US says Russia’s demands on Nato and Ukraine a “non-starter” in security talks

US deputy secretary of state Wendy Sherman and Russian deputy foreign minister Sergei Ryabkov attend security talks at the US Mission in Geneva, Switzerland. Photograph: Denis Balibouse/EPA


The United States has told Russia it is ready to discuss potential limits on missile deployments and military exercises in Europe, but views Moscow’s demand to bar Ukraine and other states from ever joining Nato as a complete “non-starter”.

The two sides made little obvious progress in security talks in Geneva on Monday, which convened in the shadow of a major Russian troop build-up near Ukraine, which has been locked in conflict with Russia since a 2014 revolution pivoted the country towards the West.

Moscow insists it is not planning an all-out invasion of Ukraine, but Russian deputy foreign minister Sergei Ryabkov said it was crucial for his country’s own security to receive “cast-iron” guarantees from the West that its neighbours Ukraine and Georgia would never join Nato.

He said Russia wanted Nato to state at a summit later this year that “Ukraine and Georgia will never become members of the North Atlantic alliance...We are tired of conducting empty conversations, with half-promises and misinterpretations.

“We don’t trust the other side...We need cast-iron, legally binding guarantees – not assurances – guarantees...that they will never become Nato members.”

US deputy secretary of state Wendy Sherman said her delegation had been “firm in pushing back on security proposals that are simply non-starters to the United States. We will not allow anyone to slam closed Nato’s open-door policy.

“We will not forgo bilateral co-operation with sovereign states that wish to work with the United States. And we will not make decisions about Ukraine without Ukraine, about Europe without Europe, or about Nato without Nato,” she added.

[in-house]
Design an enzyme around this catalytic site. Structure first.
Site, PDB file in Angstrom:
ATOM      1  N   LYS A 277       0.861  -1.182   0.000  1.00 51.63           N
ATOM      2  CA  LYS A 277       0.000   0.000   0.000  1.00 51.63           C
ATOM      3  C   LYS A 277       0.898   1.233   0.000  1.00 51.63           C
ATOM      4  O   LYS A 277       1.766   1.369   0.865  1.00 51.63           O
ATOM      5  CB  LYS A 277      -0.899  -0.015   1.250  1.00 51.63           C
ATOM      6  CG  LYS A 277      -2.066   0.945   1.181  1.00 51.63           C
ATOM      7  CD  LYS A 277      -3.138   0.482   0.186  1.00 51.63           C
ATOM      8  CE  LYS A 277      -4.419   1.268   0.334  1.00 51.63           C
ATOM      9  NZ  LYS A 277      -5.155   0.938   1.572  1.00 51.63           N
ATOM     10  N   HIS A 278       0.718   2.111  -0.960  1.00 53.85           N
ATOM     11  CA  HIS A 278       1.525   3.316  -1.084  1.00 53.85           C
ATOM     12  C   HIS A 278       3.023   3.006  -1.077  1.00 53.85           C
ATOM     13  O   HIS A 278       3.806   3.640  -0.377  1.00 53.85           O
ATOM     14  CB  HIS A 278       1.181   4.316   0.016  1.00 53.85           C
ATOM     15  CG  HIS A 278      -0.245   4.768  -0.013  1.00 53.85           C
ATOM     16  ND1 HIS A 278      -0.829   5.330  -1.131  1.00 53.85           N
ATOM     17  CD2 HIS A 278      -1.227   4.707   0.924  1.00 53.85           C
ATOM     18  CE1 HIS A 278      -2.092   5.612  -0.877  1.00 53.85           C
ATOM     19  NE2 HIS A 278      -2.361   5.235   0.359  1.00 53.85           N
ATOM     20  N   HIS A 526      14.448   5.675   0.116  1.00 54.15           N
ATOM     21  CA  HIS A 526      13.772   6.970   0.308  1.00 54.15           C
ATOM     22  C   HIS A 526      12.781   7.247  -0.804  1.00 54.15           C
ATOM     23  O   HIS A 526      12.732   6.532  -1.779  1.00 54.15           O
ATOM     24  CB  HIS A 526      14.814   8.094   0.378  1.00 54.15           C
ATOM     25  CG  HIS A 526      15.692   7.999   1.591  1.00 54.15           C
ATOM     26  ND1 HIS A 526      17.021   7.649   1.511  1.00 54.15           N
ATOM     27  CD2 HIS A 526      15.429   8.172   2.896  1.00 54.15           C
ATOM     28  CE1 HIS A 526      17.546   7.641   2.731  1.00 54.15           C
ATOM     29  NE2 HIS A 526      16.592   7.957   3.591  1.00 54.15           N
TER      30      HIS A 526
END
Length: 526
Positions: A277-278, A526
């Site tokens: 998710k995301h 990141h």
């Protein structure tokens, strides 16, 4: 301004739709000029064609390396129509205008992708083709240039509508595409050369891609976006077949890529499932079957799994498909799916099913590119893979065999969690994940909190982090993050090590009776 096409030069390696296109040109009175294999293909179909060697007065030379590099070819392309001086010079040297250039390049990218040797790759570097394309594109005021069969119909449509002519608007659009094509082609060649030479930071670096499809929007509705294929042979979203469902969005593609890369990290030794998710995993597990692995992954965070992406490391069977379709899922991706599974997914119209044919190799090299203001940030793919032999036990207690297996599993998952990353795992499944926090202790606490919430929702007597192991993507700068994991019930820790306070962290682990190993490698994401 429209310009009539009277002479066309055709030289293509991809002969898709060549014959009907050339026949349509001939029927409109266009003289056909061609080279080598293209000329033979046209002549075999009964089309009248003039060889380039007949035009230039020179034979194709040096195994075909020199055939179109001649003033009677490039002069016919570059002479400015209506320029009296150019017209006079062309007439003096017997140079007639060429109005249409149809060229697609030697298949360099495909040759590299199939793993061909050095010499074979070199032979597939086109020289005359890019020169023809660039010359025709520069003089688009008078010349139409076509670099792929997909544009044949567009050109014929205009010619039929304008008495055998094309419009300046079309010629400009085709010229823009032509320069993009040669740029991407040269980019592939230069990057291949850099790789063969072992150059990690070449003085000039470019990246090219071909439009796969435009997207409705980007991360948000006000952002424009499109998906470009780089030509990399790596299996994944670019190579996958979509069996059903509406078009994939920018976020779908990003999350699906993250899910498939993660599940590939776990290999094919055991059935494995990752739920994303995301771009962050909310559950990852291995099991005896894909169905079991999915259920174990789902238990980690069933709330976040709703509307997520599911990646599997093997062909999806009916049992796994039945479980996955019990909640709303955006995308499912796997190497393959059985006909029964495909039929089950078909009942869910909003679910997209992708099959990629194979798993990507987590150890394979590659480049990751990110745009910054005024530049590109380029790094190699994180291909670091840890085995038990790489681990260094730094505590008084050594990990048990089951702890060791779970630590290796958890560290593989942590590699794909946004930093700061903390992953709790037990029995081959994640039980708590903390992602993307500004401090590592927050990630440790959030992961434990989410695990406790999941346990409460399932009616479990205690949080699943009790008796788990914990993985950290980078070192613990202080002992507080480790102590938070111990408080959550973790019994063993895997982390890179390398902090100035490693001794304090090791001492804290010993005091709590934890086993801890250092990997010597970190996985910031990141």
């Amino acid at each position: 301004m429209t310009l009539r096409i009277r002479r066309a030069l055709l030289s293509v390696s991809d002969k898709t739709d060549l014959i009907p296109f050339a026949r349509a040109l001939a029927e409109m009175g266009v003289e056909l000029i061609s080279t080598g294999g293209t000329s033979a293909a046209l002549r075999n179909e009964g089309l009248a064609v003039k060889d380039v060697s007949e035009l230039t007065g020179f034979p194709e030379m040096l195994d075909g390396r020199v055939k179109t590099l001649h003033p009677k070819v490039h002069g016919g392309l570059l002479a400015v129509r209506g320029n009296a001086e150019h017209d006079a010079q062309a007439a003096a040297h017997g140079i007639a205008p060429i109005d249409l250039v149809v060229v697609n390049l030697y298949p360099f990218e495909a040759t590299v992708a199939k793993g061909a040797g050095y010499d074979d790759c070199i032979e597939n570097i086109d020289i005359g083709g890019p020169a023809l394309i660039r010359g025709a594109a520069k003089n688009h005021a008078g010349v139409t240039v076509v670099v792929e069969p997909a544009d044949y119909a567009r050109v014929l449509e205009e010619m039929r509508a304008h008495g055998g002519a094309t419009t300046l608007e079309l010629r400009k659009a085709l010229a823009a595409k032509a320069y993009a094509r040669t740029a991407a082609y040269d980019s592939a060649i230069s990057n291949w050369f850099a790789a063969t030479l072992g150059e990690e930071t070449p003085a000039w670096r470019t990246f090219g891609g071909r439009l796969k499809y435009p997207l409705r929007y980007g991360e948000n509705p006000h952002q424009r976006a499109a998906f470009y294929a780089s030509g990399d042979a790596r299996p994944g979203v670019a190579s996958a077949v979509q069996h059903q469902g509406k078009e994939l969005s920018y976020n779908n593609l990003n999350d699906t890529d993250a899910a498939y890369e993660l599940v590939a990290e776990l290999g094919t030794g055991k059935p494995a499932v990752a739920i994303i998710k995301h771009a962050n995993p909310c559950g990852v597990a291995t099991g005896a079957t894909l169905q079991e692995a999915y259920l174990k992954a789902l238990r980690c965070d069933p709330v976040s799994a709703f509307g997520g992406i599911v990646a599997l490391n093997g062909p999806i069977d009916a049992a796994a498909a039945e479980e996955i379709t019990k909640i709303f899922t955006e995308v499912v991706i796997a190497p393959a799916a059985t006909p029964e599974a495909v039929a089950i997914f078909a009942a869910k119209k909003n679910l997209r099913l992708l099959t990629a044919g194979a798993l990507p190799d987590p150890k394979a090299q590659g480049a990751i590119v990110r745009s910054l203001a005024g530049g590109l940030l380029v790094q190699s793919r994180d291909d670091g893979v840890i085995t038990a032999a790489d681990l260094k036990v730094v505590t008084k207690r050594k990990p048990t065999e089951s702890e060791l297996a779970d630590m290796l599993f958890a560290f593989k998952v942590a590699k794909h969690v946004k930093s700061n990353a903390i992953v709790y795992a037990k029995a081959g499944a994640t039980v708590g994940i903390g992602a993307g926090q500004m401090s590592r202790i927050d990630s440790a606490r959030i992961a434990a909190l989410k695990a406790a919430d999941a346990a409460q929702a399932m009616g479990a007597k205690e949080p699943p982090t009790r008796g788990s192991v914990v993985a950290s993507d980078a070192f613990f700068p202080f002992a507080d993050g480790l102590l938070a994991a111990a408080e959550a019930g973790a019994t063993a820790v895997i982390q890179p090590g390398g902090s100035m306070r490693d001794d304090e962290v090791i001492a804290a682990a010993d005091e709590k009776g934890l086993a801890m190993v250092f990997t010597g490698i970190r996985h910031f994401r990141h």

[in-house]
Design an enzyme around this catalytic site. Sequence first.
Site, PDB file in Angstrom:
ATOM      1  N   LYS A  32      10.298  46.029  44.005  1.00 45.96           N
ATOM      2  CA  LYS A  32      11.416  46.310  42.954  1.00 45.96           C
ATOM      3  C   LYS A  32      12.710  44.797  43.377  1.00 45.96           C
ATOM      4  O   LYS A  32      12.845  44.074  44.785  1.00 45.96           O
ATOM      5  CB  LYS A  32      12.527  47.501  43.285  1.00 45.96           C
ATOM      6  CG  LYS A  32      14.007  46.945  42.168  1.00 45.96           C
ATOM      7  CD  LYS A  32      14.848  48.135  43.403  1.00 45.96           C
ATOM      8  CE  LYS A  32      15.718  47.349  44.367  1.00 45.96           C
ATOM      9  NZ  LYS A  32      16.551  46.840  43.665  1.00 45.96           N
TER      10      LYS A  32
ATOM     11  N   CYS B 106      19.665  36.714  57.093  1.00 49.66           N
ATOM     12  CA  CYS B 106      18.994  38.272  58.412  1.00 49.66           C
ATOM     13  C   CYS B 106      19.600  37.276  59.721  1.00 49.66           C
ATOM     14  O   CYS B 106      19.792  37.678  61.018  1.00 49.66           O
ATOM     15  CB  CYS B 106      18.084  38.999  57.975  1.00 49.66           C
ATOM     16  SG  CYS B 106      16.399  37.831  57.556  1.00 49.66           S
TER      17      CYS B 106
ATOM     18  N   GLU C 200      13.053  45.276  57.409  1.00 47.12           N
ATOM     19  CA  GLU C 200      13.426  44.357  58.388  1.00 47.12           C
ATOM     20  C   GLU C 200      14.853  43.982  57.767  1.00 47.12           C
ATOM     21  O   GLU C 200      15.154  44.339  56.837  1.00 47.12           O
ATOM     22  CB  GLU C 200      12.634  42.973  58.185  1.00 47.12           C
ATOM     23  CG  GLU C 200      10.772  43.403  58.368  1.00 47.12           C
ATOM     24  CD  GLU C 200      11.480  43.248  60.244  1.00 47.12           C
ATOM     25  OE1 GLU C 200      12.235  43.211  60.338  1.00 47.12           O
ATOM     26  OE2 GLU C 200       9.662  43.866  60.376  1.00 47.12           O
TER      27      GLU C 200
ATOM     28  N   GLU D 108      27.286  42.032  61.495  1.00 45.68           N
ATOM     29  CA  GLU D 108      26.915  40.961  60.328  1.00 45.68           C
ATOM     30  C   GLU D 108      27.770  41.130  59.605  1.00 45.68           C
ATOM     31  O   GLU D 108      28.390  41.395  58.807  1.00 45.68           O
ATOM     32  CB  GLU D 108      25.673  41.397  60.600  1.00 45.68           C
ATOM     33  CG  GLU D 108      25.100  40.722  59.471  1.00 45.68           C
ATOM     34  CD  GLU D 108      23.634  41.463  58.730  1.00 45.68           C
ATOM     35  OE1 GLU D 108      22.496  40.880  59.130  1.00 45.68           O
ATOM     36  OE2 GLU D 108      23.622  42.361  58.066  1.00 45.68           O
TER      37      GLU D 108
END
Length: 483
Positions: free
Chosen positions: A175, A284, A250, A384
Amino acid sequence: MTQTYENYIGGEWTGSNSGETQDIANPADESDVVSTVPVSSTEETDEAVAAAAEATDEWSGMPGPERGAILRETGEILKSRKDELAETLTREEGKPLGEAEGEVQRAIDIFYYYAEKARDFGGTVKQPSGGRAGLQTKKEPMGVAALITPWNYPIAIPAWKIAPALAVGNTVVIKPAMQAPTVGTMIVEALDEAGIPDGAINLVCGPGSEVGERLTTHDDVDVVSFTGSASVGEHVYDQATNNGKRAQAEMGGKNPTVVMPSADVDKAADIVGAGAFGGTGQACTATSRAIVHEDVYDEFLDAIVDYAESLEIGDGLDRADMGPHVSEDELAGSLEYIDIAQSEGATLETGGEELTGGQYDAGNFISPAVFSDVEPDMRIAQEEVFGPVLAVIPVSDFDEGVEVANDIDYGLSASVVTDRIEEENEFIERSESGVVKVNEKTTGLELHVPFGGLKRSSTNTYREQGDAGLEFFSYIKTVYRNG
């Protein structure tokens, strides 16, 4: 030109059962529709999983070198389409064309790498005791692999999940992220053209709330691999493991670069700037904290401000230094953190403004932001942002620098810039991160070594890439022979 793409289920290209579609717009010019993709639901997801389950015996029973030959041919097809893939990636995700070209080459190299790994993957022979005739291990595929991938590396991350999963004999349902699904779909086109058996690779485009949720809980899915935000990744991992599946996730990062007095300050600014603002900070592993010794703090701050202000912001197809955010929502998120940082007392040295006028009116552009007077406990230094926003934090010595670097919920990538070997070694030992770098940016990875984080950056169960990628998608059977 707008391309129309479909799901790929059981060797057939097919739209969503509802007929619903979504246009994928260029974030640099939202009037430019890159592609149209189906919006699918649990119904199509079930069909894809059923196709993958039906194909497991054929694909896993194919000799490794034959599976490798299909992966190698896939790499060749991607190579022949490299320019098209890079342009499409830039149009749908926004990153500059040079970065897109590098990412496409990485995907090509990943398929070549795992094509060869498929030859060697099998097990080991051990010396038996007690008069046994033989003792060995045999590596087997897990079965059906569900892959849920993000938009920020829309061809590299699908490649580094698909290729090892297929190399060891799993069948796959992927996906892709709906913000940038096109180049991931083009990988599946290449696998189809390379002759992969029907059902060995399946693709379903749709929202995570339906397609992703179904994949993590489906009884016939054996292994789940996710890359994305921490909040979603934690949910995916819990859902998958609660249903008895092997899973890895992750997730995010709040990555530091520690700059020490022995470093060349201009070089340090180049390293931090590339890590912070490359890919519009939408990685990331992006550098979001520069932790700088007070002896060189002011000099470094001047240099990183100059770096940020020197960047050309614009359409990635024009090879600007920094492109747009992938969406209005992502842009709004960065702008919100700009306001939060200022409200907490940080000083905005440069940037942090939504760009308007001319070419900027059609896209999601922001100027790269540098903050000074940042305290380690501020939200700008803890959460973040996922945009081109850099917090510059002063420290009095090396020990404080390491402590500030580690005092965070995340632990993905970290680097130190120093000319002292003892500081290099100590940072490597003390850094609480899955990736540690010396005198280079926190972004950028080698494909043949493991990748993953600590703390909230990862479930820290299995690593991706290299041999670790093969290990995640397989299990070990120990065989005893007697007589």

Ms Sherman also said Russia’s military intentions around Ukraine – where it annexed the Crimean peninsula in 2014 and fomented a war in the eastern Donbas region that has now claimed 14,000 lives – were still a matter of great concern.

Perceived threat

“We made it very clear that it’s very hard to have constructive, productive and successful diplomacy without de-escalation because the escalation obviously increases tensions and doesn’t create the environment for real negotiations.”

Mr Ryabkov insisted there was “no reason to fear any escalation” around Ukraine, but repeated a Kremlin warning that Russia would respond militarily to the perceived threat of any further increase in Nato’s strength close to its borders.

“If now Nato proceeds towards deployment of capabilities that are being developed very rapidly in the US and would possibly be introduced somewhere in Europe, it would require a military response by the Russian side,” he said.

Mr Ryabkov described the talks as “difficult, long, very professional, deep and specific,” but said prospects for further meetings would be decided after talks between Russia and Nato on Wednesday and at the Organisation for Security and Co-operation in Europe on Thursday.

Ms Sherman said the US was “open to discussing the future of certain missile systems in Europe” and “ways we can set reciprocal limits on the size and scope of military exercises and to improve transparency about those exercises.

“We had serious, straightforward, business-like, candid discussions,” said added. “We have a long way to go.”